Sorting rows and colums in a matrix (with some music, and some magic)

February 14, 2013
By

(This article was first published on Freakonometrics » R-english, and kindly contributed to R-bloggers)

This morning, I was working on some paper on inequality measures, and for computational reasons, I had to sort elements in a matrix. To make it simple, I had a rectangular matrix, like the one below,

> set.seed(1)
> u=sample(1:(nc*nl))
> (M1=matrix(u,nl,nc))
[,1] [,2] [,3] [,4] [,5] [,6]
[1,]    7    5   11   23    6   17
[2,]    9   18    1   21   24   15
[3,]   13   19    3    8   22    2
[4,]   20   12   14   16    4   10

I had to sort elements in this matrix, by row.

> (M2=t(apply(M1,1,sort)))
[,1] [,2] [,3] [,4] [,5] [,6]
[1,]    5    6    7   11   17   23
[2,]    1    9   15   18   21   24
[3,]    2    3    8   13   19   22
[4,]    4   10   12   14   16   20

Nice, elements are sorted by row. But for symmetric reasons, I also wanted to sort them by column. So from this sorted matrix, I decided to sort elements by column,

> (M3=apply(M2,2,sort))
[,1] [,2] [,3] [,4] [,5] [,6]
[1,]    1    3    7   11   16   20
[2,]    2    6    8   13   17   22
[3,]    4    9   12   14   19   23
[4,]    5   10   15   18   21   24

Nice, elements are sorted by column now. Wait… elements are also sorted by row. How comes ? Is it some coincidence ? Actually, no, you can try…

> library(scatterplot3d)
> nc=6; nl=5
> set.seed(1)
> u=sample(1:(nc*nl))
> (M1=matrix(u,nl,nc))
[,1] [,2] [,3] [,4] [,5] [,6]
[1,]    8   23    5   30   10   15
[2,]   11   27    4   29   21   28
[3,]   17   16   13   24   26   12
[4,]   25   14    7   20    1    3
[5,]    6    2   18    9   22   19
> M2=t(apply(M1,1,sort))
> M3=apply(M2,2,sort)
> M3
[,1] [,2] [,3] [,4] [,5] [,6]
[1,]    1    3    7   14   19   22
[2,]    2    6    9   15   20   25
[3,]    4    8   10   17   23   26
[4,]    5   11   16   18   24   29
[5,]   12   13   21   27   28   30

or use the  following function is two random matrices are not enough,

> doublesort=function(seed=2,nl=4,nc=6){
+ set.seed(seed)
+ u=sample(1:(nc*nl))
+ (M1=matrix(u,nl,nc))
+ (M2=t(apply(M1,1,sort)))
+ return(apply(M2,2,sort))
+ }

Please, feel free to play with this function. Because this will always be the case. Of course, this is not a new result. Actually, it is mentioned in More Mathematical Morsels by Ross Honsberger, related to some story on marching band. The idea is simple: consider a marching band, a rectangular one. Here are my players

> library(scatterplot3d)
> scatterplot3d(rep(1:nl,nc),rep(1:nc,each=nl), as.vector(M1),
+ col.axis="blue",angle=40,
+ col.grid="lightblue", main="", xlab="", ylab="", zlab="",
+ pch=21, box=FALSE, cex.symbols=1,type="h",color="red",axis=FALSE)

Quite messy, isn’t it ? At least, this is what the leader of the band though, since some tall players were hiding shorter ones. So, he brought the shorter ones forward, and moved the taller ones in the back. But still on the same line,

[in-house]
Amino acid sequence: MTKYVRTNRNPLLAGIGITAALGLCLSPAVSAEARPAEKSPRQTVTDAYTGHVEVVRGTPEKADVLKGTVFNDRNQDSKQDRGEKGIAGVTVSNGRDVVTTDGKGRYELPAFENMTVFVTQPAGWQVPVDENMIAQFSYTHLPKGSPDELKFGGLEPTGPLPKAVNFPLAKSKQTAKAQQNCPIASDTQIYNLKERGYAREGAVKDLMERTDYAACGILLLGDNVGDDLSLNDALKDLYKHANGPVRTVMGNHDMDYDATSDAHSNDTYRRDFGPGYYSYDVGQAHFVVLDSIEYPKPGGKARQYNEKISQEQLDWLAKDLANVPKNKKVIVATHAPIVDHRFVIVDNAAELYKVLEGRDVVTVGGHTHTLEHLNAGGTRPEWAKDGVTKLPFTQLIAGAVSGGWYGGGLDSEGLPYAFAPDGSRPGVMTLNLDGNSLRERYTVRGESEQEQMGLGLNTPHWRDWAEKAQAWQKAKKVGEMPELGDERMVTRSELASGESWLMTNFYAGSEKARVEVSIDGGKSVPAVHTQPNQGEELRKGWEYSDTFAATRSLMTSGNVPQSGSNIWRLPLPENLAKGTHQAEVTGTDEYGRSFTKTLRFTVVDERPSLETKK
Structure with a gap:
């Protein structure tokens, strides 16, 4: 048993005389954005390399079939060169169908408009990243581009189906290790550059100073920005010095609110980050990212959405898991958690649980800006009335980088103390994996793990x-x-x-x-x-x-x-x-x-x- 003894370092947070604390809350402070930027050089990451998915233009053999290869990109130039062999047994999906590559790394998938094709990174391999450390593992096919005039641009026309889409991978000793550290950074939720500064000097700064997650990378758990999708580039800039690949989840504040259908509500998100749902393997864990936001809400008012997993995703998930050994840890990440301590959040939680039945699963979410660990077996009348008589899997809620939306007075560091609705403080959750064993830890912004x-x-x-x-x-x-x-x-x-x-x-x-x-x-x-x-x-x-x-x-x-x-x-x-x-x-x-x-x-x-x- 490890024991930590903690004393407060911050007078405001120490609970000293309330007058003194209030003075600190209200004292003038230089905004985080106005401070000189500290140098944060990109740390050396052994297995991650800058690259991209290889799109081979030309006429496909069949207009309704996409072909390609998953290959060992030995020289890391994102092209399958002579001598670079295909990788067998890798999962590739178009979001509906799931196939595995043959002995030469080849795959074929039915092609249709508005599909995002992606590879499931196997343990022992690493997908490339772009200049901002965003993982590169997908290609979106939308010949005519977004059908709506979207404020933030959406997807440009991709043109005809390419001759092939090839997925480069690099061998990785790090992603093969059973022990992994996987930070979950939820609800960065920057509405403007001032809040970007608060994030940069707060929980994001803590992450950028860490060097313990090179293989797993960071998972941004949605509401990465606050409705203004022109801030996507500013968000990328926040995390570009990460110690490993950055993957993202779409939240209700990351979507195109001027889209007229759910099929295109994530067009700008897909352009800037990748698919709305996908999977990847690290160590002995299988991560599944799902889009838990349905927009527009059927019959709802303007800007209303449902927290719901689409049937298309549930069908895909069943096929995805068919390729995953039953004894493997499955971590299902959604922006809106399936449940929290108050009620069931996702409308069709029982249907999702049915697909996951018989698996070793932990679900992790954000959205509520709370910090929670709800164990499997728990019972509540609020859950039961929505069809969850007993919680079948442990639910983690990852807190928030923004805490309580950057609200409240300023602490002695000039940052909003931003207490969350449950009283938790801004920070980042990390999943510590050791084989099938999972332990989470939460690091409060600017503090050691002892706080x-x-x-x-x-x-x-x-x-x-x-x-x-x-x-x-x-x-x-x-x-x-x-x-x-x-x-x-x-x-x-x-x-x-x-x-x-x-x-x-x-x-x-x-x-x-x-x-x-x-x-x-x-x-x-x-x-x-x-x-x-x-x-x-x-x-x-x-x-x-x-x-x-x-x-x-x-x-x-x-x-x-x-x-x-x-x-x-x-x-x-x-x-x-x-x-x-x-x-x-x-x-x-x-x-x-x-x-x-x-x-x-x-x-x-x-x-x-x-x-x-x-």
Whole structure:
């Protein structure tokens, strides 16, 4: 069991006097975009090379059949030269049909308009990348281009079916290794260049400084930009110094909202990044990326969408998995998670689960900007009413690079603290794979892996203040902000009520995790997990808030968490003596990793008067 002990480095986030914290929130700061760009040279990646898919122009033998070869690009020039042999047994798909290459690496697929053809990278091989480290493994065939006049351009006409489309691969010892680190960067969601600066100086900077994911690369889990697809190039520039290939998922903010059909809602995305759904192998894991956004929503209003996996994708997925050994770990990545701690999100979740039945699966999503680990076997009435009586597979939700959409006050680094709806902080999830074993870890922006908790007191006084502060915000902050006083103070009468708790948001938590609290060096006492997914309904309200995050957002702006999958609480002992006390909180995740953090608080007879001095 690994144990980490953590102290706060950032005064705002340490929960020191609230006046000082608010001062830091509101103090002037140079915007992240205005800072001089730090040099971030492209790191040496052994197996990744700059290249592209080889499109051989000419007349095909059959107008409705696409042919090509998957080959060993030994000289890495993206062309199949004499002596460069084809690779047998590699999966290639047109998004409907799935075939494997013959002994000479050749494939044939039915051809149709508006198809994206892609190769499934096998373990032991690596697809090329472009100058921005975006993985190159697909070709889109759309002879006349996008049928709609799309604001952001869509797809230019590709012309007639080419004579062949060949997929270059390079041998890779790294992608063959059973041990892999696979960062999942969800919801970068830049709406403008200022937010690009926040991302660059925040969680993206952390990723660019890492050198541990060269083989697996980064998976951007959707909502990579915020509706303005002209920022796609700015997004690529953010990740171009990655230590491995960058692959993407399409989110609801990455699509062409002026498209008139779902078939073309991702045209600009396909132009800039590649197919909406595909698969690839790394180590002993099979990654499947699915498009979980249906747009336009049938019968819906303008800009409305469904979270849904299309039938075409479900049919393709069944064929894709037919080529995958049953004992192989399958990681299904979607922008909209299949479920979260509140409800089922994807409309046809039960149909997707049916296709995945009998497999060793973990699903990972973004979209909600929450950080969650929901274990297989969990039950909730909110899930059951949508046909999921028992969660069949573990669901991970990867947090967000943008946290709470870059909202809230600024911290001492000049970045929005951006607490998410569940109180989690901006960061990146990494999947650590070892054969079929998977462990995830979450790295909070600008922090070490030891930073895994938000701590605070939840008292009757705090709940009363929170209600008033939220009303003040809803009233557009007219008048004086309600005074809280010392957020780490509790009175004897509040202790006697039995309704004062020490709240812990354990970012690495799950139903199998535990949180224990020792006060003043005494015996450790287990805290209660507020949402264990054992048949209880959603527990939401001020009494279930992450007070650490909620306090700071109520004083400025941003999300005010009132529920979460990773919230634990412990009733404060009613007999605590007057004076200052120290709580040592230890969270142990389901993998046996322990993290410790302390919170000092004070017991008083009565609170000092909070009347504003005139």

> m=scatterplot3d(rep(1:nl,nc),rep(1:nc,each=nl), as.vector(M2),
> col.axis="blue",angle=40,
+ col.grid="lightblue", main="", xlab="", ylab="", zlab="",
+ pch=21, box=FALSE, cex.symbols=1,type="h",color="red",axis=FALSE)

From the leader’s perspective, everything was fine,

> M=M2
> for(i in 1:nl){
+ for(j in 1:(nc-1)){
+ pts=m$xyz.convert(x=c(i,i),y=c(j,j+1),z=c(M[i,j],M[i,j+1])) + segments(pts$x[1],pts$y[1],pts$x[2],pts$y[2]) + }} But someone in the public (on the right of this graph) did not have the same perspective. > for(j in 1:nc){ + for(i in 1:(nl-1)){ + pts=m$xyz.convert(x=c(i,i+1),y=c(j,j),z=c(M[i,j],M[i+1,j]))
+ segments(pts$x[1],pts$y[1],pts$x[2],pts$y[2])
+ }}

So the person in the audience ask – one more time – players to move, but this time, to match with his perspective. Since I consider someone on the right, some minor adjustments should be made here

> sortrev=function(x) sort(x,decreasing=TRUE)
> M3b=apply(M2,2,sortrev)

This time, it is much bettter,

> m=scatterplot3d(rep(1:nl,nc),rep(1:nc,each=nl), as.vector(M3b),
+ col.axis="blue",angle=40,
+ col.grid="lightblue", main="", xlab="", ylab="", zlab="",
+ pch=21, box=FALSE, cex.symbols=1,type="h",color="red",axis=FALSE)

And not only from the public’ perspective,

> M=M3b
> for(j in 1:nc){
+ for(i in 1:(nl-1)){
+ pts=m$xyz.convert(x=c(i,i+1),y=c(j,j),z=c(M[i,j],M[i+1,j])) + segments(pts$x[1],pts$y[1],pts$x[2],pts\$y[2])
+ }}

but also for the leader of the marching band

Nice, isn’t it ? And why is this property always valid ? Actually, it comes from the pigeonhole theorem (one more time), a nice explanation can be found in The Power of the Pigeonhole by Martin Gardner (a pdf version can also be found on http://www.ualberta.ca/~sgraves/..). As mentioned at the end of the paper, there is also an interpretation of that result that can be related to some magic trick, discussing – in picture – a few month ago on http://www.futilitycloset.com/… : deal cards into any rectangular array:

Then put each row into numerical order:

Now put each column into numerical order:

That last step hasn’t disturbed the preceding one: rows are still in order. And that’s a direct result from  pigeonhole theorem. That’s awesome, isn’t it ?

Arthur Charpentier

Arthur Charpentier, professor in Montréal, in Actuarial Science. Former professor-assistant at ENSAE Paristech, associate professor at Ecole Polytechnique and assistant professor in Economics at Université de Rennes 1.  Graduated from ENSAE, Master in Mathematical Economics (Paris Dauphine), PhD in Mathematics (KU Leuven), and Fellow of the French Institute of Actuaries.